A timely, readable study of Brazil’s history and current prospects.
Having traveled and lived in the country since the early ’70s, New York Times culture reporter Rohter has found that Brazil’s motto of “Order and Progress”—once denigrated as “Disorder and Backwardness”—has finally come to fruition. From a country where 80 percent of the population once lived in the countryside, the other 20 in the cities, the percentages are now reversed, and Brazil’s current 200 million inhabitants make up the fifth most populous country in the world. The country also has a land area greater than the continental United States. Self-sufficient in oil and gas, the world’s foremost manufacturer of ethanol, thanks to the country’s forward-thinking use of the abundantly renewable sugarcane, and with the staggering natural resources of the Amazon at its disposal—to disastrous ecological results—Brazil is indeed a global force to be reckoned with. From the succession of military dictatorships of the late ’60s to the ’70s, accompanied by the so-called economic Brazilian Miracle of the early ’70s, to the slide into the comfortable democracy of charismatic leaders Fernando Henrique Cardoso and Luiz Inácio Lula da Silva—the latter has been the presiding president since 2002—the country has achieved political stability and huge economic growth during the last 15 years. Rohter looks at the rich makeup of the country, starting with a (too) cursory history of the Portuguese arrival in 1500, who displaced but did not annihilate the indigenous tribes; the curse of the importation of African slaves (slavery wasn’t abolished until the 1880s); and the racial mixing that came to define Brazilian culture—curiously, the “white elite” endorsed the “whitening” of the black population for the purposes of superior “ethnic composition” well up to 1945. The author also offers an evenhanded consideration of some of Brazil’s most celebrated artifacts, including Carnaval, soccer and samba. Overall, he depicts a tolerant people intent on being taken seriously.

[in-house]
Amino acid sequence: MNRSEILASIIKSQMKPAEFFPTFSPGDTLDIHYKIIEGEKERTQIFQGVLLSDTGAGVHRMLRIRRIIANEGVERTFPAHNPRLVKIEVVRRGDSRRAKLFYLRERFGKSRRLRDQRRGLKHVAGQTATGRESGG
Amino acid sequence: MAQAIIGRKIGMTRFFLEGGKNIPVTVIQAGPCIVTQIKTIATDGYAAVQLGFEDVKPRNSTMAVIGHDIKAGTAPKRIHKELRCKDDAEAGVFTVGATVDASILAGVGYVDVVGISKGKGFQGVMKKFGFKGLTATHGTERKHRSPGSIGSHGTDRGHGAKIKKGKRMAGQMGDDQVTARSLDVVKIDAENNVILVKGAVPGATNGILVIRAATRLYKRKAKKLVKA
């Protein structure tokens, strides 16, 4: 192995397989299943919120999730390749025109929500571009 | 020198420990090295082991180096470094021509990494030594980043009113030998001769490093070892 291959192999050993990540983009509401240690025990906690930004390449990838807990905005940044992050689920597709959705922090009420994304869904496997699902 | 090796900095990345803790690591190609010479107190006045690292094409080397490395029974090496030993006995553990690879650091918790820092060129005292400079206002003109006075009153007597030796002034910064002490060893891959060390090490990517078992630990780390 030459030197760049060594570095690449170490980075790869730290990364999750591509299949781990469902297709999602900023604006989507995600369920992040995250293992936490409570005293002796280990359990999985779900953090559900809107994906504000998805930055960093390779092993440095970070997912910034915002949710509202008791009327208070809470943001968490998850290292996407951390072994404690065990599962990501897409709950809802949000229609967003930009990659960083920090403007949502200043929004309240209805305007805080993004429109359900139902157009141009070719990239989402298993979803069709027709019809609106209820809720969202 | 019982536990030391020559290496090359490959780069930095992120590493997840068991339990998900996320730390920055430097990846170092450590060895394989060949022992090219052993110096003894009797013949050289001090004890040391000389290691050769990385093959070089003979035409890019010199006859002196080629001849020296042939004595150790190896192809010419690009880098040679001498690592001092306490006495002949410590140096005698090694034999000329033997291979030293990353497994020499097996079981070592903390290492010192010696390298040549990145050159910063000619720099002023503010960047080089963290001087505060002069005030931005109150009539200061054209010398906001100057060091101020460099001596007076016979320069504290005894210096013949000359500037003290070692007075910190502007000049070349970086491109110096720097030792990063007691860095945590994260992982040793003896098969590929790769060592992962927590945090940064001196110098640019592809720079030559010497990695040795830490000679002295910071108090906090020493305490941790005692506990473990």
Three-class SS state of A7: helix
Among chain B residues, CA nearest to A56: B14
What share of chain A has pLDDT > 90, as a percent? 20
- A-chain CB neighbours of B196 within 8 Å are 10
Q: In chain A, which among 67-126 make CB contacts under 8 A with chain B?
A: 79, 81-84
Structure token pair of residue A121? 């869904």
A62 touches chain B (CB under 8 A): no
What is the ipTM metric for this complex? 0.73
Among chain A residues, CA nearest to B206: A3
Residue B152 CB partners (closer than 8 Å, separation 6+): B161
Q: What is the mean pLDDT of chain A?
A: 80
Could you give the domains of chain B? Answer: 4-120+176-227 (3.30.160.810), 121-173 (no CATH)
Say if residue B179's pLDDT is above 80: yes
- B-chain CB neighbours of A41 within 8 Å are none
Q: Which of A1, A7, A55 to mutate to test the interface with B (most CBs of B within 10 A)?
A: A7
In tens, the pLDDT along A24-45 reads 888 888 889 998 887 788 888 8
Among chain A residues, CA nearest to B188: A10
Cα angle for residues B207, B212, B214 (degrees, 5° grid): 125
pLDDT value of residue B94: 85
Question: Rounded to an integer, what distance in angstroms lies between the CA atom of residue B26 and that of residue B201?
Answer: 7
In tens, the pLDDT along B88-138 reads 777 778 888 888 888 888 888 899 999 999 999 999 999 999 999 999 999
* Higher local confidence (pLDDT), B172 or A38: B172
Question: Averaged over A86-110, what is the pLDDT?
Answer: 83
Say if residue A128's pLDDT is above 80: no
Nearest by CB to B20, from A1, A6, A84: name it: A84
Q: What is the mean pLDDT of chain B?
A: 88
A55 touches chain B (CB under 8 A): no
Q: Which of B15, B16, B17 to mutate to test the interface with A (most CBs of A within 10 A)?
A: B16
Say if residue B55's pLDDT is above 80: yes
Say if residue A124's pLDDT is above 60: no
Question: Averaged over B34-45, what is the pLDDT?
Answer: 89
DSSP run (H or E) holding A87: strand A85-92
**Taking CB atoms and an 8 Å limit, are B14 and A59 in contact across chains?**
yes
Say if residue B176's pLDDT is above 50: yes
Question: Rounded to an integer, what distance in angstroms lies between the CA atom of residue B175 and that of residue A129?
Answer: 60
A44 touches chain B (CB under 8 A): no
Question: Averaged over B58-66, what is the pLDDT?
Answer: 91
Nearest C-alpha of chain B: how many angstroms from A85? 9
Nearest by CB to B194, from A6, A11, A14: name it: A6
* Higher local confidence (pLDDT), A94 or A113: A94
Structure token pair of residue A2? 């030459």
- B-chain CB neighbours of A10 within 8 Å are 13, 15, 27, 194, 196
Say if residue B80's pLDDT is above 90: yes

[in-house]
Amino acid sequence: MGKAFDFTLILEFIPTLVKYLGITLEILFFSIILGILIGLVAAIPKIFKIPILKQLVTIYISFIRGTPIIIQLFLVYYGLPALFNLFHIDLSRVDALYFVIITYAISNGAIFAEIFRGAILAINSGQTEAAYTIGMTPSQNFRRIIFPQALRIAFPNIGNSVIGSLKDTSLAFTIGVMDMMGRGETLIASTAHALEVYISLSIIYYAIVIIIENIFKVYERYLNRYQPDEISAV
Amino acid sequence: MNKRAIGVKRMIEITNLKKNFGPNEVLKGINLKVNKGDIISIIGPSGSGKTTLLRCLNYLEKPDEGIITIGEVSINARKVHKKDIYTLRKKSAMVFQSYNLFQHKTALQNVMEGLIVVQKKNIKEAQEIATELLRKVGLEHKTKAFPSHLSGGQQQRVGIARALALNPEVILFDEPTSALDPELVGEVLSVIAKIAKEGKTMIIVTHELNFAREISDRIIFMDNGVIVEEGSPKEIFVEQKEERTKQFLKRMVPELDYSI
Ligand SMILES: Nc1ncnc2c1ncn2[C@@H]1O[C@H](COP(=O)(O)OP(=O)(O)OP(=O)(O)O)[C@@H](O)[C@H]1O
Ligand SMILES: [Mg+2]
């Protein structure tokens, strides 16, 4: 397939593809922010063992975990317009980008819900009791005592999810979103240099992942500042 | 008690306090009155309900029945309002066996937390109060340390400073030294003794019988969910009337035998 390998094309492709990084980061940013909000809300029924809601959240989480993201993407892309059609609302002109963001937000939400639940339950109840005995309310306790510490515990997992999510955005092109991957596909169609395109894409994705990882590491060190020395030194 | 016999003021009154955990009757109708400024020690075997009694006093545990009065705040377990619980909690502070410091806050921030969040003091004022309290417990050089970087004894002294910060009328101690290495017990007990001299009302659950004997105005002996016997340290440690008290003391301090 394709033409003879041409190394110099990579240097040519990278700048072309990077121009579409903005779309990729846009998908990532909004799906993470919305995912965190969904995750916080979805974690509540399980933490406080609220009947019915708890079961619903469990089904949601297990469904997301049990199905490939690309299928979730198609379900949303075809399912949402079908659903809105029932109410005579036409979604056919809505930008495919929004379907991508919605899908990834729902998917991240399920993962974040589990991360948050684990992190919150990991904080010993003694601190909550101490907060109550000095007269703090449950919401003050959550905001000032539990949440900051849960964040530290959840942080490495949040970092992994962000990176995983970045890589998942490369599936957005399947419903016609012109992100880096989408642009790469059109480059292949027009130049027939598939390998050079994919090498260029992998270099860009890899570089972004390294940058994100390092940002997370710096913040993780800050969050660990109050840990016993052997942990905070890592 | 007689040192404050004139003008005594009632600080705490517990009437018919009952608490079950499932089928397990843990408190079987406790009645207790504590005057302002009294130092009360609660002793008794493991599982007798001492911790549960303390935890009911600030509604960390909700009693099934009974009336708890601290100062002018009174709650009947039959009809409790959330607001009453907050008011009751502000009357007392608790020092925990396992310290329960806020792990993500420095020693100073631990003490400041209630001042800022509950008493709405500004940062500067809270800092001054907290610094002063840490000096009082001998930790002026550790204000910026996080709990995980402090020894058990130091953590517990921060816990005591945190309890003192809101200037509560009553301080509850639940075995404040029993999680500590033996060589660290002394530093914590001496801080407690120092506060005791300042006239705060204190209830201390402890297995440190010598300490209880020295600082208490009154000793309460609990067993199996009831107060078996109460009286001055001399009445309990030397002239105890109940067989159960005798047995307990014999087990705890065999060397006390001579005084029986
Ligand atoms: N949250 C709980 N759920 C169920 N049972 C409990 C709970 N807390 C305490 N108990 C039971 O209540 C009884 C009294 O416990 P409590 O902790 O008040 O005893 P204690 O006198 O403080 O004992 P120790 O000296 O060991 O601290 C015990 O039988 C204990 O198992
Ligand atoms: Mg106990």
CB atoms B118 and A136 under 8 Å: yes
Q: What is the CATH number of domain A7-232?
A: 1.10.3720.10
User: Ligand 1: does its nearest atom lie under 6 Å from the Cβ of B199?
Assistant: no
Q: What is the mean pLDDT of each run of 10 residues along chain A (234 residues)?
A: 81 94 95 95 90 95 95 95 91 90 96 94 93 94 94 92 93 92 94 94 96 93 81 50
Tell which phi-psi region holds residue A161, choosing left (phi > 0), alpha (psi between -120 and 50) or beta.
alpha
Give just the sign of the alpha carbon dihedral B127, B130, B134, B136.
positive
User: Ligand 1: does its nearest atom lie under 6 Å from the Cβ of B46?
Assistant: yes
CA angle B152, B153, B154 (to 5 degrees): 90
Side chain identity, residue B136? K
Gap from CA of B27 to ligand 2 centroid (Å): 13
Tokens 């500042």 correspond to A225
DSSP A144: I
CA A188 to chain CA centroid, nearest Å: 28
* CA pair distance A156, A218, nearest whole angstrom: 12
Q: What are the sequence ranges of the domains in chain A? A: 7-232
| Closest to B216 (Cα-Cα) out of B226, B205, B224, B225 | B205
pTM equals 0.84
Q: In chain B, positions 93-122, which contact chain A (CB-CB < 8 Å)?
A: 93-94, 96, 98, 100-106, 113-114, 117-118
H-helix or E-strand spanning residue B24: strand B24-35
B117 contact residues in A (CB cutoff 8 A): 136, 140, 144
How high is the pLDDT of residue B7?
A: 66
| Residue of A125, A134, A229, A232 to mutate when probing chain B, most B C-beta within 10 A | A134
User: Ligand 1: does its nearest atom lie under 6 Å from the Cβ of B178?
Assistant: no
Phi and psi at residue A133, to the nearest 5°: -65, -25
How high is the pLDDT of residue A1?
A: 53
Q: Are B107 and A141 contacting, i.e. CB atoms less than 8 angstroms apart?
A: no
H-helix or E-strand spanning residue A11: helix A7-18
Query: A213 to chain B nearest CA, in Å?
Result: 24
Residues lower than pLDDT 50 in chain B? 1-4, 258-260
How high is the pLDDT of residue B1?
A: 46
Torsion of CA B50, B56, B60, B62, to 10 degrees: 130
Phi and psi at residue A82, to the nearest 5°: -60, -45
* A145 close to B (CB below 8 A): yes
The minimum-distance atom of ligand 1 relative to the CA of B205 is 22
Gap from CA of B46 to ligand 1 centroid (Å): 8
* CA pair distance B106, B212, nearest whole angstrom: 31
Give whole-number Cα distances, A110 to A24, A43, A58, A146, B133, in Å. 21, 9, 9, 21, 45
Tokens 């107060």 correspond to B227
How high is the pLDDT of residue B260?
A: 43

With the recent granting of the 2016 Summer Olympics to Rio de Janeiro, Rohter’s accomplished overview proves a solid brush-up.